Pigs Might Swim
19 September, 2013
This week, I had to answer a query about seals and Inchcolm Island for a Scottish countryside magazine. It concerned the grey seal (Halichoerus grypus, meaning ‘hooked-nosed sea pig’), and when they would be coming ashore to give birth on Inchcolm island in the Firth of Forth. The enquirer also wanted to know why seals give birth in the autumn. Gales are a feature of the Scottish autumn, so it doesn’t seem the most auspicious time of year to be a young seal.
It is a good question. In the wild, most creatures give birth in spring and early summer. However, nothing happens in nature without there being a good reason, generally related to survival.
One likely factor is the presence of food. Seals eat a variety of prey – fish, shellfish, squid and octopus. Over the winter these are not present in large numbers, but they would normally begin to proliferate in the spring.
There was a very poor spring this year . Diving friends reported that water temperatures were very low and as a result sea-life – particularly shellfish – were much less abundant than normal . However, the warm summer weather would have boosted sea-life, allowing seals – particularly the now-pregnant mothers – to feed voraciously, and put on a lot of body fat.
A mother seal usually produces a single pup. It is relatively helpless when born, and totally reliant on its mother’s milk for the first few weeks. This is why mother seals need to have fed so much during the summer. Their milk is more than 50 per cent fat, and the pups grow very quickly, developing a thick layer of blubber that will protect them from the cold and sustain them as they learn to hunt for themselves.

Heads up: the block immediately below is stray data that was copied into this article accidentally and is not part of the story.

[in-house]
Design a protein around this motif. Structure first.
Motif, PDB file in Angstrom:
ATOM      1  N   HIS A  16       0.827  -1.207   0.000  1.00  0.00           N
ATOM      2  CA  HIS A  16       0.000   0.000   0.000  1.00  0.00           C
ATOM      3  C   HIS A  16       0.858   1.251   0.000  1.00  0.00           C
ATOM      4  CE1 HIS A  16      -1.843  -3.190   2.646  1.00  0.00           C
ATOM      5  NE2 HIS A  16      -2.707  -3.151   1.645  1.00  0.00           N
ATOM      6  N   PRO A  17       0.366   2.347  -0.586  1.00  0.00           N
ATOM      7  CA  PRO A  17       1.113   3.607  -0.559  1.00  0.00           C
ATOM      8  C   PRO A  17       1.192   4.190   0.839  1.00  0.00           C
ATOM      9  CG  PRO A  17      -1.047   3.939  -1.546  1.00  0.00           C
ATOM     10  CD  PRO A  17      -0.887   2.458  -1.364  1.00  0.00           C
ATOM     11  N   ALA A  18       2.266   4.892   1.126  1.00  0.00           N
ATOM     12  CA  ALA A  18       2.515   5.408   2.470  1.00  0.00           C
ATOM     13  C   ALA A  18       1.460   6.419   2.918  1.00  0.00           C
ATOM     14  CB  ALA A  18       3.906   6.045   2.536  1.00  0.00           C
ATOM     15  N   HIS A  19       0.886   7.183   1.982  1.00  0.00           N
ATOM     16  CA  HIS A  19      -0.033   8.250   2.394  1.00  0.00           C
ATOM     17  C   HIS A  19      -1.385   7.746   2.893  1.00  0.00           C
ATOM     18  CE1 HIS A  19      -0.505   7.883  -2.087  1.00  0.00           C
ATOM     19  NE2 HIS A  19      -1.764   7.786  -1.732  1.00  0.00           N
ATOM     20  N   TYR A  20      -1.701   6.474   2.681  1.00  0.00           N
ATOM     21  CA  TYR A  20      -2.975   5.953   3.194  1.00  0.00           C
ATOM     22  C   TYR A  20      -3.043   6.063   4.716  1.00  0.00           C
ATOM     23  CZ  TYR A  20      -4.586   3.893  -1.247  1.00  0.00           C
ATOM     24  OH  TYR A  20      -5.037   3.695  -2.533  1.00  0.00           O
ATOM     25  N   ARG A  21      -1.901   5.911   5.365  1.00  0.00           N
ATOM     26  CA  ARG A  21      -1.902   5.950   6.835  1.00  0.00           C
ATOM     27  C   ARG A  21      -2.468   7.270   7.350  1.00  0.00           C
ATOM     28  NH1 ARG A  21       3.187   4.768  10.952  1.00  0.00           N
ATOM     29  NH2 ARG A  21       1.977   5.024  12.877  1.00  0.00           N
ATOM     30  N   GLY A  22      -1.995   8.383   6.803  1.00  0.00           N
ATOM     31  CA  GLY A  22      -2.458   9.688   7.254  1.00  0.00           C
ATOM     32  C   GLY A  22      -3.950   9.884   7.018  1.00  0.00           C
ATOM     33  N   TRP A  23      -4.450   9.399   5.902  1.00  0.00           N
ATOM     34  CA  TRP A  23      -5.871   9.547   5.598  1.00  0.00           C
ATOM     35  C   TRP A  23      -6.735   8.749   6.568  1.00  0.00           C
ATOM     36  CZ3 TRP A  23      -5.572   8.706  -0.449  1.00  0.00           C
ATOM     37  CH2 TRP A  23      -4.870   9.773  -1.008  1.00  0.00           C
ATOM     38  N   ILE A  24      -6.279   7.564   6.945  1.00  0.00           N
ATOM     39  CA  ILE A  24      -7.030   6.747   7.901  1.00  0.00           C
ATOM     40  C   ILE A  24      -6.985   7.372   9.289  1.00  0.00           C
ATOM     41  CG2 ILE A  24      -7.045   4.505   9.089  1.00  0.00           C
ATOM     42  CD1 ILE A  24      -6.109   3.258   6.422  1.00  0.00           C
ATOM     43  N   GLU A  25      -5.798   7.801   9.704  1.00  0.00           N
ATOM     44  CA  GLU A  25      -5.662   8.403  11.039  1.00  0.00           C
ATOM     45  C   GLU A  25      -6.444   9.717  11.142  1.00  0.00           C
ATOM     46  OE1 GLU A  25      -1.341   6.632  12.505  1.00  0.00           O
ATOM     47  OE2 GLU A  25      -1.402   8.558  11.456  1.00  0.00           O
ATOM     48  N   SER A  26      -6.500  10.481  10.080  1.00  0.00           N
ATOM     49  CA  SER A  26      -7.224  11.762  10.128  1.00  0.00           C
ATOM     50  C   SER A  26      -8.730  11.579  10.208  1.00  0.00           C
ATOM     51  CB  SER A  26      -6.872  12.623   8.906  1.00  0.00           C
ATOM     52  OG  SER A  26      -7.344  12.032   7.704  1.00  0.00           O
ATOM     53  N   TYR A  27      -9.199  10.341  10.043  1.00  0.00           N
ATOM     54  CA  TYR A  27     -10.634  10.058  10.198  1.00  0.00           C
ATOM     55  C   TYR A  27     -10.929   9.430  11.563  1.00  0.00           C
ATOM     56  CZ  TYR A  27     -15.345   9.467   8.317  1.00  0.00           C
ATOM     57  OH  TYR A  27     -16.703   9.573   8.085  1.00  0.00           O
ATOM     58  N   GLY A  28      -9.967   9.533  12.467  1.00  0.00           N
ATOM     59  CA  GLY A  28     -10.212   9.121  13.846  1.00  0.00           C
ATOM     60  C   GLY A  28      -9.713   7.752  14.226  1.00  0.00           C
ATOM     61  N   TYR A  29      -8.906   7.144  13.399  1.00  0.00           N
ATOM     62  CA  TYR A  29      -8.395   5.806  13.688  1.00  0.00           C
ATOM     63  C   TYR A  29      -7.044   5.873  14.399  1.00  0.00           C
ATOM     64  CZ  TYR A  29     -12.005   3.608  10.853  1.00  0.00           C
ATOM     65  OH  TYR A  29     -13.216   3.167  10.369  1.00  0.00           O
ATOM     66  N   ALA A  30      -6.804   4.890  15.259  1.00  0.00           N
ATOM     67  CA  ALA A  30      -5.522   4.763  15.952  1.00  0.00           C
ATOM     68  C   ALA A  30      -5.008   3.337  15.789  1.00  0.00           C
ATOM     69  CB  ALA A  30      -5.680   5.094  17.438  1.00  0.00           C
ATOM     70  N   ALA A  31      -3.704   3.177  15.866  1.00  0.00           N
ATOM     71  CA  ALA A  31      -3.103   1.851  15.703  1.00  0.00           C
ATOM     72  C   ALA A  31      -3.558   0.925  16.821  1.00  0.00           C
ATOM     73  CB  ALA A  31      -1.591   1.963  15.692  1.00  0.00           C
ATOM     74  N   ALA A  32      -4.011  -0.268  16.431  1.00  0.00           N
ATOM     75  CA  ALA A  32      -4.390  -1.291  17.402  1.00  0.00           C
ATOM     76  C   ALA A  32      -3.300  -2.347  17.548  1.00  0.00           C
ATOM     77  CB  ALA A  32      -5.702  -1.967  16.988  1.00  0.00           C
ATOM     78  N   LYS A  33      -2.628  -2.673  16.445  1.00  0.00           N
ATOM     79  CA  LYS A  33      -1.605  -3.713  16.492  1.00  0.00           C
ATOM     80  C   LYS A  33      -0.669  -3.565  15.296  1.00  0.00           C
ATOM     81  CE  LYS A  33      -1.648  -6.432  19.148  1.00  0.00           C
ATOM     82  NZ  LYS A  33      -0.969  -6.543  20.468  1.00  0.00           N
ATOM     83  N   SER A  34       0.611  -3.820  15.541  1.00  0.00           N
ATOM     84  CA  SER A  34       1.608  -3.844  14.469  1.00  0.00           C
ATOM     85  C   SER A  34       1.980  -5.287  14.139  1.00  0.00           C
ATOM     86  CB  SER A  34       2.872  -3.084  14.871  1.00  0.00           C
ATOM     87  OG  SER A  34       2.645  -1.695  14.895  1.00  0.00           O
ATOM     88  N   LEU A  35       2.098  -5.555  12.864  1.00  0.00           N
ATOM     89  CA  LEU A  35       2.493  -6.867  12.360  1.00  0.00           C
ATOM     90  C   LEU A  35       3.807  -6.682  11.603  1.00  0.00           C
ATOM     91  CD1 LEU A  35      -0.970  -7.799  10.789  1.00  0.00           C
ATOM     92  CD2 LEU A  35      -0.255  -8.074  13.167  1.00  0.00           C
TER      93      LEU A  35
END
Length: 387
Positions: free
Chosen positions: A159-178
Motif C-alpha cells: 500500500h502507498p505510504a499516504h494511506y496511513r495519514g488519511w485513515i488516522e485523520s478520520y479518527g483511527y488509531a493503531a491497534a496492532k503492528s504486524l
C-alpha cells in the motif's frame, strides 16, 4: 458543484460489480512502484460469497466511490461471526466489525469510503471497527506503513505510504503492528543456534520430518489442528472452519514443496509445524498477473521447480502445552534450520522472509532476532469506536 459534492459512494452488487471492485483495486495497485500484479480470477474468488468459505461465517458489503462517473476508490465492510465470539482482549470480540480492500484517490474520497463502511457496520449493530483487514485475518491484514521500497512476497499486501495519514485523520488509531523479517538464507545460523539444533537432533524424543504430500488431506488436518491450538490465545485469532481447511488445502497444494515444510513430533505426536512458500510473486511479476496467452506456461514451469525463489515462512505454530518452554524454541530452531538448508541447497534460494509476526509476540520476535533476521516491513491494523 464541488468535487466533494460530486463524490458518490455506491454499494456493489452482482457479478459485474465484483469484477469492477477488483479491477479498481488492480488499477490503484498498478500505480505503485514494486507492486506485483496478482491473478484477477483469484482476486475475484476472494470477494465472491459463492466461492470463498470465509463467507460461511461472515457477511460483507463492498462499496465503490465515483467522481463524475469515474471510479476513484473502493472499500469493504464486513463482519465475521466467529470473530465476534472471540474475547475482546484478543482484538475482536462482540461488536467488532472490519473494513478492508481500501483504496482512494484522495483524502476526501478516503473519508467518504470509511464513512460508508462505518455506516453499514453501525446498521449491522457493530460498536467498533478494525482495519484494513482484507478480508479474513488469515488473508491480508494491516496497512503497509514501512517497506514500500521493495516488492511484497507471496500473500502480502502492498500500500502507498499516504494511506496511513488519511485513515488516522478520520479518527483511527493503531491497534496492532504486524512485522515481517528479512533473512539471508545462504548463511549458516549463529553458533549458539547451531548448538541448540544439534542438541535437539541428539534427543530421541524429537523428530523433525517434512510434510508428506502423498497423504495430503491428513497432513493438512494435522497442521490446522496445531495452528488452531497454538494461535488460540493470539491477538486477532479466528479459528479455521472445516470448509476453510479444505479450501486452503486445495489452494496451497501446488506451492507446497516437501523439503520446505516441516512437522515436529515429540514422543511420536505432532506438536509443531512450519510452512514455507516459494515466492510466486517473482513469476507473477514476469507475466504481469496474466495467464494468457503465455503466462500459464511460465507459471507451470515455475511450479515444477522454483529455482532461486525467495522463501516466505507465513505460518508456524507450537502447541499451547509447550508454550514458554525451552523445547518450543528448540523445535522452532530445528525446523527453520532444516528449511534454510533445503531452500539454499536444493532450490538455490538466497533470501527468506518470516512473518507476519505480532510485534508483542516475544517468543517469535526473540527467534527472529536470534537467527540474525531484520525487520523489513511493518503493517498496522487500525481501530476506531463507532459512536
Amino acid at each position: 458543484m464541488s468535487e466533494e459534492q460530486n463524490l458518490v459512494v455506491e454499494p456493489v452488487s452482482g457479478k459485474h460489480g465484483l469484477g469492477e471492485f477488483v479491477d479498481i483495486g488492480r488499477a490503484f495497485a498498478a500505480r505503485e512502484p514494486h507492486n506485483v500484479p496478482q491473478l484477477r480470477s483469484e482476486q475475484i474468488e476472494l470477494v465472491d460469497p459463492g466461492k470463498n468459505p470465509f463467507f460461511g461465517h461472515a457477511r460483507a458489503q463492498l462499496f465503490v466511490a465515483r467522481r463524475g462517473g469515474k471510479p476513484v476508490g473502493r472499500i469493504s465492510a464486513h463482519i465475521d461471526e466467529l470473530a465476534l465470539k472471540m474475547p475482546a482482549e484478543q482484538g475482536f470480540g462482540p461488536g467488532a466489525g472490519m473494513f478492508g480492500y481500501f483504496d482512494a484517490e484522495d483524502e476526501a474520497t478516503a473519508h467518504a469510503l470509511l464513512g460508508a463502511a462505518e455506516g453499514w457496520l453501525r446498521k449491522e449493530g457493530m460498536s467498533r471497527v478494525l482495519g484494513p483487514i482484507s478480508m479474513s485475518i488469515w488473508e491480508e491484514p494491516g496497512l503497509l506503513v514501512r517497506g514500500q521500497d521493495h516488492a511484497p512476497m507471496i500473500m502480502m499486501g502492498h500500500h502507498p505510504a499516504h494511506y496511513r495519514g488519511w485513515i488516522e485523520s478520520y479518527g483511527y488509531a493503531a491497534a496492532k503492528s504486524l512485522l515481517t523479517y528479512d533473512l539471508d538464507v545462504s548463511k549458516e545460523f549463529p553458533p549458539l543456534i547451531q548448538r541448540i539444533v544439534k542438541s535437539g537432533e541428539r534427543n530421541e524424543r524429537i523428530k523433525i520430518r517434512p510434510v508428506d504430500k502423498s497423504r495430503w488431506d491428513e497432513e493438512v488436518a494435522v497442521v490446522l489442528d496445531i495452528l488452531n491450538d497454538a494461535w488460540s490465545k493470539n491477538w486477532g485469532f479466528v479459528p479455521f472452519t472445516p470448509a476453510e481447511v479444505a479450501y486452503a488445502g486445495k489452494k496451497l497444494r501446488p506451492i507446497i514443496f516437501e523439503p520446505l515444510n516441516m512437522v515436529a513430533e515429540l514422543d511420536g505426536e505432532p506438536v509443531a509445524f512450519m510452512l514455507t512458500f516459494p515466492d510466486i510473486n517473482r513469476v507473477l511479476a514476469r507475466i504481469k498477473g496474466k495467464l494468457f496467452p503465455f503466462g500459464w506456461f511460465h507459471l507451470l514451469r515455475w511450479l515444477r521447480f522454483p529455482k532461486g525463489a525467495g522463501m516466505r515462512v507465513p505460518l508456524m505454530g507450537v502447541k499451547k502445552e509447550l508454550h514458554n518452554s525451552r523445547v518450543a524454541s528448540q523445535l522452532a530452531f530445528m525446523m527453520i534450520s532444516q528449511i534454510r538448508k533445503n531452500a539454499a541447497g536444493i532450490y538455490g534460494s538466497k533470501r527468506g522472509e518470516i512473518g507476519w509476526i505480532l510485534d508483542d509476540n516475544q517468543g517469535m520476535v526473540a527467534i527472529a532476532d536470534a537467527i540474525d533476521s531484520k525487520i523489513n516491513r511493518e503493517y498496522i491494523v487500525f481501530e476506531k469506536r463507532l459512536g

Grey seal mothers feed their pups with milk for 16 to 21 days, during which time the pup gains an average of 30kg (66lbs). The mother might lose over 60kg of her body weight, after which she will return to sea to feed and put on weight again.
So it seems the answer to the question as to why seals give birth in autumn is simply it follows a period of intense feeding when the mother seals are at their heaviest and most able to cope.
There is still an opportunity to see young grey seals on a trip to Inchcolm, before the Priory closes for winter at the end of September, leaving the Island and its seals in peace.
Other good sites to see young seal pups include the seaside monuments of Orkney and Shetland and the islands of Iona and Bute.
Speaking of Bute, I have been asked by my colleagues in our Events Team to mention an event at Rothesay Castle at 2pm on Saturday 28 September marking the 750th anniversary of the Battle of Largs.
In 1263, King Haakon IV of Norway and his forces took Rothesay Castle for the second time (having captured it briefly in 1230). Haakon then attempted to reassert Norway’s historical ownership of western Scotland, but at Largs they were confronted and driven off by a Scottish army. It was an inconclusive outcome, but Haakon died soon afterwards, and the Norwegian claim on western Scotland was never renewed.
A re-enactment of the battle is to be held at Rothesay Castle on Saturday 28 September. The event, At Land and Sea, starts at 2pm with the arrival of the ‘Viking hordes’, followed by the storming of the castle. A number of activities during the afternoon culminate in a torchlight procession at 7.30pm, followed by live music, hog roast and fireworks. For details go to: www.historic-scotland.gov.uk/events